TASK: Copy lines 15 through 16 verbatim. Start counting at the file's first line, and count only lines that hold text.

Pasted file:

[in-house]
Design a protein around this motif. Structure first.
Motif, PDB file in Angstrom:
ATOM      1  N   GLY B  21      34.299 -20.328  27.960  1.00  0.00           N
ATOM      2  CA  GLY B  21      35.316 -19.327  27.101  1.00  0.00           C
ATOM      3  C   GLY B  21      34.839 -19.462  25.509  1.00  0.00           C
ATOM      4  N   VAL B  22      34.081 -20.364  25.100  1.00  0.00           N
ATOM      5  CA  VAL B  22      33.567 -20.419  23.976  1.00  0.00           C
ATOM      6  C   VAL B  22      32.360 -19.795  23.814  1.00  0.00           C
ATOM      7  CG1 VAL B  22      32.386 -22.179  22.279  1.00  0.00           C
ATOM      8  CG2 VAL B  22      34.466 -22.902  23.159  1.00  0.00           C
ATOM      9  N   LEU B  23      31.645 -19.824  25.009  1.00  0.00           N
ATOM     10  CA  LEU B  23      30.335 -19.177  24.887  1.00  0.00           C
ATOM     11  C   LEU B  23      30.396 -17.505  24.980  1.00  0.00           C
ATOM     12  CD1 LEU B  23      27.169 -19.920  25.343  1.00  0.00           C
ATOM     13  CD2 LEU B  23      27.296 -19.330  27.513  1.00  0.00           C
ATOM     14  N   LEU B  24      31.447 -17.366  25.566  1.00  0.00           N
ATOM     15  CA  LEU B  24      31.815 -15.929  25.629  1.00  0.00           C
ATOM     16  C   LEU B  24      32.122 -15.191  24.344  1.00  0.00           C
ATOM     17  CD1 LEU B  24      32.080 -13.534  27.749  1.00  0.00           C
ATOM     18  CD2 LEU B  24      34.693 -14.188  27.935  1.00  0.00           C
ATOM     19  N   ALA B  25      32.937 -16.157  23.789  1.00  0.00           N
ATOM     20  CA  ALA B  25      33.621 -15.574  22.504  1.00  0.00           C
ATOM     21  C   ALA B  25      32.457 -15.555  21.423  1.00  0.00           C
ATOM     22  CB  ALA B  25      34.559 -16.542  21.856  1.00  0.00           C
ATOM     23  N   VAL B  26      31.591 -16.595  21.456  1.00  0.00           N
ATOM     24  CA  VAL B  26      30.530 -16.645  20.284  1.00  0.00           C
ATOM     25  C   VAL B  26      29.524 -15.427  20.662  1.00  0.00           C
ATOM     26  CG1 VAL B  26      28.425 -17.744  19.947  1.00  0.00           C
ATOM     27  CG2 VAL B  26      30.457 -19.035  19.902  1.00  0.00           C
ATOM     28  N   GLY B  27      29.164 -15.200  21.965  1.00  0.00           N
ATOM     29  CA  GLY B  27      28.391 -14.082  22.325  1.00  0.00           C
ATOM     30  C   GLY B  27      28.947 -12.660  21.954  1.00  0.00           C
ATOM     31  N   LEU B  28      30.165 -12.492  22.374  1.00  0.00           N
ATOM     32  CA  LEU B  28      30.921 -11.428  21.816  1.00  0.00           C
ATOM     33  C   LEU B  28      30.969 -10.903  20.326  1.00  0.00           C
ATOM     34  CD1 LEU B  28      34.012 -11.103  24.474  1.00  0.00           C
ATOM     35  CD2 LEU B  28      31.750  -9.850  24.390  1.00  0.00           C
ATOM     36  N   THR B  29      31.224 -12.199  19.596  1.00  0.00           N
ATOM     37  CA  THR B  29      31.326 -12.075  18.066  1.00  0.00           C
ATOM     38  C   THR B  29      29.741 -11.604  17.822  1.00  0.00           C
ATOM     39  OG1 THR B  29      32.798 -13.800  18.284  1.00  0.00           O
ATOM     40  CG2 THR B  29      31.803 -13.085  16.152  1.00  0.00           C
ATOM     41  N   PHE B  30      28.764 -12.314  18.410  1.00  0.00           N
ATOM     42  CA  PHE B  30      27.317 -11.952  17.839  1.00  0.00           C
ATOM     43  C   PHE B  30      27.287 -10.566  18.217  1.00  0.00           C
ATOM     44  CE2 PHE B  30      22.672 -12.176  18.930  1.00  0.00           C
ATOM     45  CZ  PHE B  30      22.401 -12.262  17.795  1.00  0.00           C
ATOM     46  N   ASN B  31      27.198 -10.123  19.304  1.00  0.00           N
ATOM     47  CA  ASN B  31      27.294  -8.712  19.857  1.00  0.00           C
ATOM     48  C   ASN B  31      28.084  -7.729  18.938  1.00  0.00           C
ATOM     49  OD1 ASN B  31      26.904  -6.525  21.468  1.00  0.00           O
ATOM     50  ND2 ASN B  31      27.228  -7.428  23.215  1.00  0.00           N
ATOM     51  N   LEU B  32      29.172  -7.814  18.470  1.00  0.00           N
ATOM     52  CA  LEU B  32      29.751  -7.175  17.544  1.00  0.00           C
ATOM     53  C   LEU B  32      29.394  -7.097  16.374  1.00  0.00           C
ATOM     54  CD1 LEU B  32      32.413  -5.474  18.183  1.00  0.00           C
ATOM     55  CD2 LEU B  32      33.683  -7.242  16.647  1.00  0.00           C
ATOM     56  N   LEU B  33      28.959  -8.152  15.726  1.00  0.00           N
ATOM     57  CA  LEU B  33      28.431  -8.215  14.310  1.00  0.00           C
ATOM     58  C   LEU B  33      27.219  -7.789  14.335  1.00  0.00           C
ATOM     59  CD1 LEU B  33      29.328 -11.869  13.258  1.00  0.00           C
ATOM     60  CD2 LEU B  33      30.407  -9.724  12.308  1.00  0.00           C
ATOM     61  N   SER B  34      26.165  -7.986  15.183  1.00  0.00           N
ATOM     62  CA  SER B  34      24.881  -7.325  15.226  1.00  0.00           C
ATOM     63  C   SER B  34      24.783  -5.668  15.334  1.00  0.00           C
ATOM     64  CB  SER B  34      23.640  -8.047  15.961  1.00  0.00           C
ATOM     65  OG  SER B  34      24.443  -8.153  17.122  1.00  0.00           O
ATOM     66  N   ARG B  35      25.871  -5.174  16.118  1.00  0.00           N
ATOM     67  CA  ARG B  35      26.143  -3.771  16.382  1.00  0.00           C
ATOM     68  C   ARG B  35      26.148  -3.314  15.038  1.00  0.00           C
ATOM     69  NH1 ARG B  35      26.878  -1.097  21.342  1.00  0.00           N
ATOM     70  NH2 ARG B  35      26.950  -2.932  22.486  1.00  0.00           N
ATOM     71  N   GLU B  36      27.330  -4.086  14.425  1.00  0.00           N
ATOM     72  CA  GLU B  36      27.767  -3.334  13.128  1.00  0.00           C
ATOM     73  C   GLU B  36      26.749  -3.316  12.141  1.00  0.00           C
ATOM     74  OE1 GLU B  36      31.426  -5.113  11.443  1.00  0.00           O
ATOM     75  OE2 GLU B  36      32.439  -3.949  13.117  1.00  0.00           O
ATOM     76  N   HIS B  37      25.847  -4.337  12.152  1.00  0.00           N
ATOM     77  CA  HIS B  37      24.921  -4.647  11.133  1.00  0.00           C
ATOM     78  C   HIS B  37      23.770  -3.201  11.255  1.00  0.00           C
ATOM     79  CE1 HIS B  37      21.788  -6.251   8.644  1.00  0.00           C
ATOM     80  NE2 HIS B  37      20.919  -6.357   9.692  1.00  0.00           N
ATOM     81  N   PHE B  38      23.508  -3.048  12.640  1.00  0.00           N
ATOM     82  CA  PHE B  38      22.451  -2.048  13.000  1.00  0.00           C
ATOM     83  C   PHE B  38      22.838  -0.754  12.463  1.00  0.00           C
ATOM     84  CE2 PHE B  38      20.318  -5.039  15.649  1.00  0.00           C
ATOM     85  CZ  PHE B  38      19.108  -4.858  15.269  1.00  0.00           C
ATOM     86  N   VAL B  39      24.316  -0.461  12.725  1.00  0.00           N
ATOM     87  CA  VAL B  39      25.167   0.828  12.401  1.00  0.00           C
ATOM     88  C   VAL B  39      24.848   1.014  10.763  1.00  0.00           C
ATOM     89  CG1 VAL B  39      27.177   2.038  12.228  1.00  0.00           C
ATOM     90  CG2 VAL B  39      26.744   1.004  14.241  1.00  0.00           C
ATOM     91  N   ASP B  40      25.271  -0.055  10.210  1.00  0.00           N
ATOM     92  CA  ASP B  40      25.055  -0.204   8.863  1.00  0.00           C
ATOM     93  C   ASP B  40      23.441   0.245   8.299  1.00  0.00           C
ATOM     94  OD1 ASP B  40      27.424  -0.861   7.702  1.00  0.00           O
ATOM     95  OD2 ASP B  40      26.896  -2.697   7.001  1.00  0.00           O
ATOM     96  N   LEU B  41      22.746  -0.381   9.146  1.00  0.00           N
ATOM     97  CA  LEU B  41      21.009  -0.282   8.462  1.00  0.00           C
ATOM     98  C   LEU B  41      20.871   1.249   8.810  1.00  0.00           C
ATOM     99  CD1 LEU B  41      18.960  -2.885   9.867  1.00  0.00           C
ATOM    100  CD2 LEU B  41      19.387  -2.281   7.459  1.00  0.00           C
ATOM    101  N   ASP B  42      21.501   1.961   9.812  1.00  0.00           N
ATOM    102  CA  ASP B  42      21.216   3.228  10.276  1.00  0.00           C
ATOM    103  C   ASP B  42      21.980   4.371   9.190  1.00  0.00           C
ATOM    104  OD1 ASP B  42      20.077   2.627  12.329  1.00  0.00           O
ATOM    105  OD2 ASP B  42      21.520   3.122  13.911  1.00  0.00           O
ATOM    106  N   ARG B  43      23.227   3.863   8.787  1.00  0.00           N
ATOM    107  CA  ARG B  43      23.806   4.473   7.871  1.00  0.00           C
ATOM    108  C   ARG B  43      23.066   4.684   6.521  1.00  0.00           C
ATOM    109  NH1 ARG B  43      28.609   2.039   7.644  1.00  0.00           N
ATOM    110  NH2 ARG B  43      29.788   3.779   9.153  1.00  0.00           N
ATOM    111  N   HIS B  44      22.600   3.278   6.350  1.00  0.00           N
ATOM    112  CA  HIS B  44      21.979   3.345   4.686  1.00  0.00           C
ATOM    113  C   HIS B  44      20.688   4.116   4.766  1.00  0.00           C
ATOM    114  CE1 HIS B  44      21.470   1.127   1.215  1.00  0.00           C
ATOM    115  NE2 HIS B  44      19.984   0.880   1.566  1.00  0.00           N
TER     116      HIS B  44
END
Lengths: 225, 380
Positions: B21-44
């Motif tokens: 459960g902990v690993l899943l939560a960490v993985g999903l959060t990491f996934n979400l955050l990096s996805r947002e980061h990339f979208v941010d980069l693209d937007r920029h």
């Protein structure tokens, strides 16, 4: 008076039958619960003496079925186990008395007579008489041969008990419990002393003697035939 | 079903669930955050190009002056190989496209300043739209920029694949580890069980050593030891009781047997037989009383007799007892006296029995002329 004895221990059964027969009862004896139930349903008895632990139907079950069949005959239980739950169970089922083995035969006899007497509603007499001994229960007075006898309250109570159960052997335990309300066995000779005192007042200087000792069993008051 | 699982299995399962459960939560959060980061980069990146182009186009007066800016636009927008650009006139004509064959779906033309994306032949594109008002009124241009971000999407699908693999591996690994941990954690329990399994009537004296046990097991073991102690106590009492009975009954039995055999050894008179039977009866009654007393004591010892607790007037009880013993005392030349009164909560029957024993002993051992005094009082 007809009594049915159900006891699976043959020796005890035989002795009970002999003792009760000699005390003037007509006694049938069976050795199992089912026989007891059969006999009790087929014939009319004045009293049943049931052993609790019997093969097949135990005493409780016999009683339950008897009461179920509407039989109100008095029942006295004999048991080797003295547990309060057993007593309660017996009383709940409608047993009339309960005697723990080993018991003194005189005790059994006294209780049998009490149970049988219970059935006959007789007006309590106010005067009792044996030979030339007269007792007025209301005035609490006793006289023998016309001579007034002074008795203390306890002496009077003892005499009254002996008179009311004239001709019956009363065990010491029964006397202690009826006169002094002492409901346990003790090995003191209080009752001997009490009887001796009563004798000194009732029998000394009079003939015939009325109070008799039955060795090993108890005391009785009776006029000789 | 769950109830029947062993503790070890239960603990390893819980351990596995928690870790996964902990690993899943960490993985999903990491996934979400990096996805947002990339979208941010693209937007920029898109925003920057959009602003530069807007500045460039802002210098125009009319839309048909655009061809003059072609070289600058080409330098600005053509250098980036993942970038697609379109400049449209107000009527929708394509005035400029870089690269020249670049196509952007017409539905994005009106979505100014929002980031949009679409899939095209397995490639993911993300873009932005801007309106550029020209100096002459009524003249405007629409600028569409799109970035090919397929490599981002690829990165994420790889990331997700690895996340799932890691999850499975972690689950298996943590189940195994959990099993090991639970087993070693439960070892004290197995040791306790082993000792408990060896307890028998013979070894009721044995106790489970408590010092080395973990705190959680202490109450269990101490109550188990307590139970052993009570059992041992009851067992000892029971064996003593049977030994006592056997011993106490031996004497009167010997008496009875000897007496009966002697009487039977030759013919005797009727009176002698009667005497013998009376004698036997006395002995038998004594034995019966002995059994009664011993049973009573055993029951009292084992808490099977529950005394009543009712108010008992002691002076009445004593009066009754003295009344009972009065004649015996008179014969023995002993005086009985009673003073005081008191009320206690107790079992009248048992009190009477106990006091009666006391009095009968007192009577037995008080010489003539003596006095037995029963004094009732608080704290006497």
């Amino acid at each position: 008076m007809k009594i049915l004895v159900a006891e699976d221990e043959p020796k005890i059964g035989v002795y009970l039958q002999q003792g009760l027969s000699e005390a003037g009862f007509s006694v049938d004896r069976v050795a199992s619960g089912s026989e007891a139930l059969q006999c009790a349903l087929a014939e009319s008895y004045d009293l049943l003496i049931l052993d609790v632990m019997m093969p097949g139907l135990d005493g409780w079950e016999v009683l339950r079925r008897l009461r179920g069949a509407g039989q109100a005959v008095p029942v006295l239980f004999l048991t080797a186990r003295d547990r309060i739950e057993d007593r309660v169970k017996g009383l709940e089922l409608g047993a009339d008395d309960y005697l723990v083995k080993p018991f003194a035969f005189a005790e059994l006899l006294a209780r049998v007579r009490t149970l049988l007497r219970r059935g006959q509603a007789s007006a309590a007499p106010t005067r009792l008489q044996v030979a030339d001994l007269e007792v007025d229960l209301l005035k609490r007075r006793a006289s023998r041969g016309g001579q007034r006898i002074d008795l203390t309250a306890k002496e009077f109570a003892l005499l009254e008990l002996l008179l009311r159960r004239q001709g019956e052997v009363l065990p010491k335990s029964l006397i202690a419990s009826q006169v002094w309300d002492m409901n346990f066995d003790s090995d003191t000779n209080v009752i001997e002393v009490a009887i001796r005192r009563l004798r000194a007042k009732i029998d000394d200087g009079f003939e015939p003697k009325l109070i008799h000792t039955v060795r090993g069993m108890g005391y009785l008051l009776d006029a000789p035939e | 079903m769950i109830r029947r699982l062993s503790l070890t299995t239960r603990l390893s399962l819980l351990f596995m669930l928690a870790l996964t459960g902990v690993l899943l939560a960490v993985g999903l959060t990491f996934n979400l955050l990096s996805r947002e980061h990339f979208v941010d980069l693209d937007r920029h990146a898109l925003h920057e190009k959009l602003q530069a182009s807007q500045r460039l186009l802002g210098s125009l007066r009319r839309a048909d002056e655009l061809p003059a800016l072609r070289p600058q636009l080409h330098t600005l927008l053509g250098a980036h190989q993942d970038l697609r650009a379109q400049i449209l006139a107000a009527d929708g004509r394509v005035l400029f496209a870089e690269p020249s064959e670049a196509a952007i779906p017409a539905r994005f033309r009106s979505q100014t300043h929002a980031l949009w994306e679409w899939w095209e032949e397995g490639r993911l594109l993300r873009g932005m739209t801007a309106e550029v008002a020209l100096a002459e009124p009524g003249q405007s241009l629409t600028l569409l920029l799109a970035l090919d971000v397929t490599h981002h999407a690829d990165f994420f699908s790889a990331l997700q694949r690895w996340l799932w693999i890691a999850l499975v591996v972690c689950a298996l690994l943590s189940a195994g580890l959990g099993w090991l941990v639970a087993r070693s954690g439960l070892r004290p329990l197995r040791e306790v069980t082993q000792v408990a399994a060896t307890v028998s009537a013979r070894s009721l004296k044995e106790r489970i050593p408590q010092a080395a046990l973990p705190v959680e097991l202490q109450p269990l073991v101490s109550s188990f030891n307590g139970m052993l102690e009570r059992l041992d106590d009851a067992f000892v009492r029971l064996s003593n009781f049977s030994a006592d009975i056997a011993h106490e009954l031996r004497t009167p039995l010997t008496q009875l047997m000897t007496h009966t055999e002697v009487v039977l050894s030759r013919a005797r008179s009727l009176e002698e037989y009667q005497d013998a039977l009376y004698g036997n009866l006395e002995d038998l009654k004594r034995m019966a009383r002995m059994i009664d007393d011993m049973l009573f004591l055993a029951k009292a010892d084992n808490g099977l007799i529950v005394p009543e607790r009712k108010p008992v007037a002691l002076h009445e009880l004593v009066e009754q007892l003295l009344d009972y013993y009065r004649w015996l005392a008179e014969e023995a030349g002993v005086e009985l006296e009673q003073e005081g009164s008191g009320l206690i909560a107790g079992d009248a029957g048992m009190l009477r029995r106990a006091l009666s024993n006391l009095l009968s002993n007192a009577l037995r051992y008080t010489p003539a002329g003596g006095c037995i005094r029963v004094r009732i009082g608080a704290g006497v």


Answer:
ATOM     12  CD1 LEU B  23      27.169 -19.920  25.343  1.00  0.00           C
ATOM     13  CD2 LEU B  23      27.296 -19.330  27.513  1.00  0.00           C